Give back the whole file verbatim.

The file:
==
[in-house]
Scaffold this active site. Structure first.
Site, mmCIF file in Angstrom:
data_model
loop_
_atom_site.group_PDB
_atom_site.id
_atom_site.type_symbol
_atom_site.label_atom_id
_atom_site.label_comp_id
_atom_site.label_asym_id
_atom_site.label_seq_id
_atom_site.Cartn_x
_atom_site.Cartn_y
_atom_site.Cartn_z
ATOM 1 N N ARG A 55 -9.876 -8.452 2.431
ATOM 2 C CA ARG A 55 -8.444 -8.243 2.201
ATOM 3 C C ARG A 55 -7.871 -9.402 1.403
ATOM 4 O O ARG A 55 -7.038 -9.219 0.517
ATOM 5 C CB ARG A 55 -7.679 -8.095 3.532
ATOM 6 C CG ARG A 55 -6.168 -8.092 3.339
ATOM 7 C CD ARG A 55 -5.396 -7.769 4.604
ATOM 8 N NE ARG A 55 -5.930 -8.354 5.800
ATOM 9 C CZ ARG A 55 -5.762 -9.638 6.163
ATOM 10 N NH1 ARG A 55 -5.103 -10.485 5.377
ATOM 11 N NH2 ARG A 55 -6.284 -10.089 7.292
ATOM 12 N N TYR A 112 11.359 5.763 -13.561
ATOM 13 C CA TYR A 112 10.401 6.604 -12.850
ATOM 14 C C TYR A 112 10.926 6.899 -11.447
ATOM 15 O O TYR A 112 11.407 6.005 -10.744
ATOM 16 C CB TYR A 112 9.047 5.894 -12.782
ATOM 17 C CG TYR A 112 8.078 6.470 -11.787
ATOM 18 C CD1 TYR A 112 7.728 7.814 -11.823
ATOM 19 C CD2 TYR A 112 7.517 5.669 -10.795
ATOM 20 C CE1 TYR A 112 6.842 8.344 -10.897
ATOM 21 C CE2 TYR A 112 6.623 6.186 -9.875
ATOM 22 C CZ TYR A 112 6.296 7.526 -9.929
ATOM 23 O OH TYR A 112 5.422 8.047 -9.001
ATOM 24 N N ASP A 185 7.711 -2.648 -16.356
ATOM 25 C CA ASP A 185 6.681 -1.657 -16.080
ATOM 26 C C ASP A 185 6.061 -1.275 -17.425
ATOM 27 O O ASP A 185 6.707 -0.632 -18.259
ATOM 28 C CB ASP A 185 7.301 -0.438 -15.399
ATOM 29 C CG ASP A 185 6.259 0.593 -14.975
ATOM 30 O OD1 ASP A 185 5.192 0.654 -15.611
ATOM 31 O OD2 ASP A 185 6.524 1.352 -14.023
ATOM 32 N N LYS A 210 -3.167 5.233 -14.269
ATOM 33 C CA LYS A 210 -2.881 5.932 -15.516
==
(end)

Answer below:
[in-house]
Scaffold this active site. Structure first.
Site, mmCIF file in Angstrom:
data_model
loop_
_atom_site.group_PDB
_atom_site.id
_atom_site.type_symbol
_atom_site.label_atom_id
_atom_site.label_comp_id
_atom_site.label_asym_id
_atom_site.label_seq_id
_atom_site.Cartn_x
_atom_site.Cartn_y
_atom_site.Cartn_z
ATOM 1 N N ARG A 55 -9.876 -8.452 2.431
ATOM 2 C CA ARG A 55 -8.444 -8.243 2.201
ATOM 3 C C ARG A 55 -7.871 -9.402 1.403
ATOM 4 O O ARG A 55 -7.038 -9.219 0.517
ATOM 5 C CB ARG A 55 -7.679 -8.095 3.532
ATOM 6 C CG ARG A 55 -6.168 -8.092 3.339
ATOM 7 C CD ARG A 55 -5.396 -7.769 4.604
ATOM 8 N NE ARG A 55 -5.930 -8.354 5.800
ATOM 9 C CZ ARG A 55 -5.762 -9.638 6.163
ATOM 10 N NH1 ARG A 55 -5.103 -10.485 5.377
ATOM 11 N NH2 ARG A 55 -6.284 -10.089 7.292
ATOM 12 N N TYR A 112 11.359 5.763 -13.561
ATOM 13 C CA TYR A 112 10.401 6.604 -12.850
ATOM 14 C C TYR A 112 10.926 6.899 -11.447
ATOM 15 O O TYR A 112 11.407 6.005 -10.744
ATOM 16 C CB TYR A 112 9.047 5.894 -12.782
ATOM 17 C CG TYR A 112 8.078 6.470 -11.787
ATOM 18 C CD1 TYR A 112 7.728 7.814 -11.823
ATOM 19 C CD2 TYR A 112 7.517 5.669 -10.795
ATOM 20 C CE1 TYR A 112 6.842 8.344 -10.897
ATOM 21 C CE2 TYR A 112 6.623 6.186 -9.875
ATOM 22 C CZ TYR A 112 6.296 7.526 -9.929
ATOM 23 O OH TYR A 112 5.422 8.047 -9.001
ATOM 24 N N ASP A 185 7.711 -2.648 -16.356
ATOM 25 C CA ASP A 185 6.681 -1.657 -16.080
ATOM 26 C C ASP A 185 6.061 -1.275 -17.425
ATOM 27 O O ASP A 185 6.707 -0.632 -18.259
ATOM 28 C CB ASP A 185 7.301 -0.438 -15.399
ATOM 29 C CG ASP A 185 6.259 0.593 -14.975
ATOM 30 O OD1 ASP A 185 5.192 0.654 -15.611
ATOM 31 O OD2 ASP A 185 6.524 1.352 -14.023
ATOM 32 N N LYS A 210 -3.167 5.233 -14.269
ATOM 33 C CA LYS A 210 -2.881 5.932 -15.516